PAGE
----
Whether it’s a president’s reception for donors or government officials, the student-centered Toro Iron Chef cooking competition, an education fair that brings tens of thousands of people to the California State University, Dominguez Hills campus, or commencement, the man behind them all is Toby Bushee, director of events and donor stewardship.
For his tireless work Bushee was recognized with the 2012 MPP (Management Personnel Plan) Outstanding Leadership Award.
“I still can’t believe that I won the award. It blows me away because to do what I do, it takes an army. I rely on just about every single department to make one event happen,” he said. “I’m humbled.”
But an army requires a leader, and Bushee might just be a four-star general when it comes to orchestrating a seemingly endless string of university events along with his staff Arleene Valdez, a part-time event coordinator, and Samantha Hernandez, a student assistant.
Bushee not only engages staff members from various departments from university communications, to printing, physical plant, and catering, to name a few, but he recruits and trains hundreds of volunteers—upward of 400 volunteers for the day-long Feria Spanish-language education fair the university hosts each fall in partnership with Univision and 350 for commencement ceremonies alone. And he will go through this preparation process for 200 or so events each year, on any given weekday, weeknight, or weekend. University events under his direction have been host to more than half a million guests over the past five years.
What drives this impressively energetic impresario to make the trip to campus from his home 68 miles away in Moreno Valley he said is the warm and cooperative campus community.
“At this university, the thing that I love the most is I can walk out into any building and know just about anybody that I pass by,” he shared. “You hear folks talk about ‘Oh, it’s a family.’ But here, I think it really is.”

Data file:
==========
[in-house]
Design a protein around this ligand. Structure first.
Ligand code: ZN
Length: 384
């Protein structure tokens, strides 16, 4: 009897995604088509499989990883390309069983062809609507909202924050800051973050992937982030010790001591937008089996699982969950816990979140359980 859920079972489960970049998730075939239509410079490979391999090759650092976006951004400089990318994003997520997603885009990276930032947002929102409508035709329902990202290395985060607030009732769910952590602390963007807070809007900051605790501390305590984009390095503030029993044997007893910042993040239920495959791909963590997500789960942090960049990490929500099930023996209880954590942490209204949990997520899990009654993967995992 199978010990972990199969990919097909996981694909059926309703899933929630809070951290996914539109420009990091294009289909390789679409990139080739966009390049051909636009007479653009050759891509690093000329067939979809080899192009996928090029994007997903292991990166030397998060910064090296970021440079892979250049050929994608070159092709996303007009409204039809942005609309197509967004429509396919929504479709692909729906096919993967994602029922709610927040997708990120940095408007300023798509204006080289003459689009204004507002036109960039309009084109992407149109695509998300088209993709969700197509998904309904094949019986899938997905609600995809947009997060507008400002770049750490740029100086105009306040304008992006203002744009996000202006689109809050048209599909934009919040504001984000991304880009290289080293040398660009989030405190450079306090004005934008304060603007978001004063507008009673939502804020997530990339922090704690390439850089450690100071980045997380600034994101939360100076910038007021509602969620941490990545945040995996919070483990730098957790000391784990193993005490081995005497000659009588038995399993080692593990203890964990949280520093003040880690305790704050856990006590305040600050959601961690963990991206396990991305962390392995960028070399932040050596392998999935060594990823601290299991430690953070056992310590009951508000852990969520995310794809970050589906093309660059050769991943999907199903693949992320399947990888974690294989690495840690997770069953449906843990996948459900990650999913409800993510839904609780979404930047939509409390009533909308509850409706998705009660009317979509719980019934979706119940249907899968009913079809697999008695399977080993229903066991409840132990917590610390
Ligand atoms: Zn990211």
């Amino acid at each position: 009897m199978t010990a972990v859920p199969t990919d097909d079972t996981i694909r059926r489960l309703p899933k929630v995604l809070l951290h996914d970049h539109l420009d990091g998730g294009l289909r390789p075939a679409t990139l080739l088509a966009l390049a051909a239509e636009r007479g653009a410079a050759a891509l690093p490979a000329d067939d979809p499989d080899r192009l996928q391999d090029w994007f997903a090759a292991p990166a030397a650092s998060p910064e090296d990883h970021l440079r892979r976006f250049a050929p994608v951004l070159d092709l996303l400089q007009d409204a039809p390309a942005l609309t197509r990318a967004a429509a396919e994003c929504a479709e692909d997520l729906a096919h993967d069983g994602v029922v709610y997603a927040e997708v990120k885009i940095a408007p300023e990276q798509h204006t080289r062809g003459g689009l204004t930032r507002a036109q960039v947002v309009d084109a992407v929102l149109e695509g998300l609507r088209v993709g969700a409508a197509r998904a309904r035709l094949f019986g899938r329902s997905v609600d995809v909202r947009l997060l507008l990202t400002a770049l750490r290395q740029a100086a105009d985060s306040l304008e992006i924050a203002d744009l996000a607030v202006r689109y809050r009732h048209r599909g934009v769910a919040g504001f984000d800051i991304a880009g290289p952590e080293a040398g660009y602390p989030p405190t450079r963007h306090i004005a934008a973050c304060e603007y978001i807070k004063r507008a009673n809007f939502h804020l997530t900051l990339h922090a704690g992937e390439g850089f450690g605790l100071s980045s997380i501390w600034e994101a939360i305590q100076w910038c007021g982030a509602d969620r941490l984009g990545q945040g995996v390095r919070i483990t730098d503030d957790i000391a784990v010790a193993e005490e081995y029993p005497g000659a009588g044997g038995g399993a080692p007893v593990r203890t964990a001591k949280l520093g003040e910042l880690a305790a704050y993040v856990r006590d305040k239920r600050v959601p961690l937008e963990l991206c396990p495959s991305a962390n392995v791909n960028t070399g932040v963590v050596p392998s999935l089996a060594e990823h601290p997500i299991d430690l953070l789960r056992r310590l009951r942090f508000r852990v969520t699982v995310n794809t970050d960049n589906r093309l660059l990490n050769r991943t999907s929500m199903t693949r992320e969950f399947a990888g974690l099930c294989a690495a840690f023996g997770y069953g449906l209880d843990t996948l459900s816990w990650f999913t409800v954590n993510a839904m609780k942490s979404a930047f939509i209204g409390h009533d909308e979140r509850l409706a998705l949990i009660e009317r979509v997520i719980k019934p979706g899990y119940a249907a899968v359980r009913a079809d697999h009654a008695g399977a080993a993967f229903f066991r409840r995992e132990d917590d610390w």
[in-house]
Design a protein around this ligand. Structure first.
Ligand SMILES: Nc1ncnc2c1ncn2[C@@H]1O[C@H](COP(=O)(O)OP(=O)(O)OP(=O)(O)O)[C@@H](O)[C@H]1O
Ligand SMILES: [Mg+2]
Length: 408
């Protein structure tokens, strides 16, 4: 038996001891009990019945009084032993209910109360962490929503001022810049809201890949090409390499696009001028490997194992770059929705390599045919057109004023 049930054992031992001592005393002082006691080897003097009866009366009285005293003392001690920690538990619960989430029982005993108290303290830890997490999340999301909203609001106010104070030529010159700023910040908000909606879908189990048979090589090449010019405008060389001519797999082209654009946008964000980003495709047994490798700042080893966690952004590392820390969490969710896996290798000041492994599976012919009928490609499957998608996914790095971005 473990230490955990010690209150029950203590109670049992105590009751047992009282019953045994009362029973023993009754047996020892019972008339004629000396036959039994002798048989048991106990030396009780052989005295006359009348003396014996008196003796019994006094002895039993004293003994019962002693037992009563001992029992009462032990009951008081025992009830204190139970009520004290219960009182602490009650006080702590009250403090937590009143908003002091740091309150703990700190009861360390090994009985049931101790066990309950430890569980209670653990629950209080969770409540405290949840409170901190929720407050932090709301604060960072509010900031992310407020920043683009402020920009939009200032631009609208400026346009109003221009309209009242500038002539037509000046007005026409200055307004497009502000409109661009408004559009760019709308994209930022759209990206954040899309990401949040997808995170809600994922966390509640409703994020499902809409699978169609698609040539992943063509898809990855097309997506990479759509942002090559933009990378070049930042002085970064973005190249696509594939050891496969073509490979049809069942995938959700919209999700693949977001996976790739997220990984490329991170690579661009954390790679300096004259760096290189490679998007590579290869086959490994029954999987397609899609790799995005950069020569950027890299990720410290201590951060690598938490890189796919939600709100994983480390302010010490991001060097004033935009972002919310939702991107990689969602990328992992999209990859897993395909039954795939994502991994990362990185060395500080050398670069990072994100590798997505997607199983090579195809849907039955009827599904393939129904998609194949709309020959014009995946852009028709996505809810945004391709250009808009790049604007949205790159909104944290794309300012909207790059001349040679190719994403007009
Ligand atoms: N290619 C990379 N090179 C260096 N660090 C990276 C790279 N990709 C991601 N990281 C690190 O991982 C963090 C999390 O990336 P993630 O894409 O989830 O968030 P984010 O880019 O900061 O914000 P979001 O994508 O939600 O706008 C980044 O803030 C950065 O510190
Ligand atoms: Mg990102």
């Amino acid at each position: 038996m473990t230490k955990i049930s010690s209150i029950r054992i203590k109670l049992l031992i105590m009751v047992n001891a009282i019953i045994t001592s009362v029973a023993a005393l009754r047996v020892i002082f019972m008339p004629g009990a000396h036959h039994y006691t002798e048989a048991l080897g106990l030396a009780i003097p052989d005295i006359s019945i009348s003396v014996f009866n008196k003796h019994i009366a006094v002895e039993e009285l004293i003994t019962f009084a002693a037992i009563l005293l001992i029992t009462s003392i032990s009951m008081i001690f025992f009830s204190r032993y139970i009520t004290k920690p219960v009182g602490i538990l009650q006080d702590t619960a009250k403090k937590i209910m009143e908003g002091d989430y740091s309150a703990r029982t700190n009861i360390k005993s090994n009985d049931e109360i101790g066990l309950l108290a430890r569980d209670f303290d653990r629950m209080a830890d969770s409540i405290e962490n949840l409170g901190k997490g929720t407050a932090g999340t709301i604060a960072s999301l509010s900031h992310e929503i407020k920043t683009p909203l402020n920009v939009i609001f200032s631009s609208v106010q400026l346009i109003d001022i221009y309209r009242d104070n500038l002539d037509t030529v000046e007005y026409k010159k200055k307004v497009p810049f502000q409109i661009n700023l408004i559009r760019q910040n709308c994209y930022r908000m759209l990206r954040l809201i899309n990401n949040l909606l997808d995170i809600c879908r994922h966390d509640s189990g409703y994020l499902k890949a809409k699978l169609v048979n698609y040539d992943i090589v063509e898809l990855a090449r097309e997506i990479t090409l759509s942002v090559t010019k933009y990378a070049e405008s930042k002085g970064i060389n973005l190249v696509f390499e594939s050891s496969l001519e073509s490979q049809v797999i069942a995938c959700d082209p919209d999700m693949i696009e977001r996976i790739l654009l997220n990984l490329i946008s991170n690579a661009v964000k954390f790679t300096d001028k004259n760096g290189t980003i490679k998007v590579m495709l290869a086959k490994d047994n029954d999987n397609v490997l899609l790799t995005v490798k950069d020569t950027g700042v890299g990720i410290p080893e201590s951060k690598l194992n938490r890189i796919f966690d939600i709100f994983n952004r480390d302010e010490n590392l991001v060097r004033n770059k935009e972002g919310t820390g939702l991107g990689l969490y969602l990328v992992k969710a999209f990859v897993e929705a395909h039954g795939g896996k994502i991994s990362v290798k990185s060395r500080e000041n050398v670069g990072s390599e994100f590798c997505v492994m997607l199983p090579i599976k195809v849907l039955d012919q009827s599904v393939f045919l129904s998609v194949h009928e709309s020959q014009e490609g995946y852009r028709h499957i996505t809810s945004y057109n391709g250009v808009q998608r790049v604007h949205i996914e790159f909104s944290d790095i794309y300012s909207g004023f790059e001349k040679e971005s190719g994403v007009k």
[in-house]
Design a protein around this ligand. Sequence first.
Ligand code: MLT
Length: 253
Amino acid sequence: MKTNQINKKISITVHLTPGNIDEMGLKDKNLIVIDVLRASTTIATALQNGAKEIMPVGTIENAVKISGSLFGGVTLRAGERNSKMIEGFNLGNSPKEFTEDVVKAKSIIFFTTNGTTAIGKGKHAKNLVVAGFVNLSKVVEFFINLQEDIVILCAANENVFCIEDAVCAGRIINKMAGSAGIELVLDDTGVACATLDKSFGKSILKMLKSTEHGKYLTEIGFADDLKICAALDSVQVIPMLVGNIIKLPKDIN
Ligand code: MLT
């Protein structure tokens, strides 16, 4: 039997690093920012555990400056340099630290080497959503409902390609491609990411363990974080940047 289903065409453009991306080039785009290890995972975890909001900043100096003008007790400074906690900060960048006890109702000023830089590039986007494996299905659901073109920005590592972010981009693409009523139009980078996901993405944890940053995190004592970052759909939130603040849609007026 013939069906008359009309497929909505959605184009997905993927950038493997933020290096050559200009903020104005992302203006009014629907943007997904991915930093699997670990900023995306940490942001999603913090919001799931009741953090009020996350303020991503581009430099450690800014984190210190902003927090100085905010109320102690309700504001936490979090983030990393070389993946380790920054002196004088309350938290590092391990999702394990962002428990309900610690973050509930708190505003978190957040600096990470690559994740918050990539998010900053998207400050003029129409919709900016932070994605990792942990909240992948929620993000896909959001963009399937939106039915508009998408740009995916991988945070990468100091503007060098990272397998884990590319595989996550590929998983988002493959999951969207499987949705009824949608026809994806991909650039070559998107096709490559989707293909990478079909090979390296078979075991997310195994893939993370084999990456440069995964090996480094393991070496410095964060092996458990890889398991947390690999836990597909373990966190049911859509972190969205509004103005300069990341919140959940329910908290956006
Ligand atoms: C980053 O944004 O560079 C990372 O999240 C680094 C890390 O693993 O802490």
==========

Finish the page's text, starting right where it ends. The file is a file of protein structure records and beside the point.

As a steward for donor relations, Bushee extends this same welcoming treatment to major university partners, making sure their corporate identities are properly represented in event materials, as well as making sure representatives from these companies are invited, recognized, greeted, and attended to while at university events.
In his nomination of Bushee, Greg Saks, former vice president for university advancement at CSU Dominguez Hills now at CSU Fullerton, praised Bushee for the role he plays in university advancement, saying he “plans and directly supports university events with a focused goal of providing an enjoyable event for attendees, and promoting the university in a positive light. For our donors to be able to enjoy a strong, quality event with the vast majority of the costs going to the students it is aimed to support, speaks volumes to our commitment to students.”
Despite pressures imposed by state budget cuts over the past few years, Bushee, who also serves on the University Budget Committee, says there is still an expectation for a certain level of event activity in order for the university to foster relationships among the community and promote the benefits of supporting the university. So, he’s had to be more creative.
“When I first got here, we had eight presidential scholars. We were spending a lot on a formal dinner. We changed the format to a reception and now have 18 scholars and have a lot more money going into the scholarship rather than into the dinner,” he pointed out.
Bushee indicated that events will continue to play a vital role in the university moving forward, especially because University Interim President Willie Hagan is a “very much out-front people person.”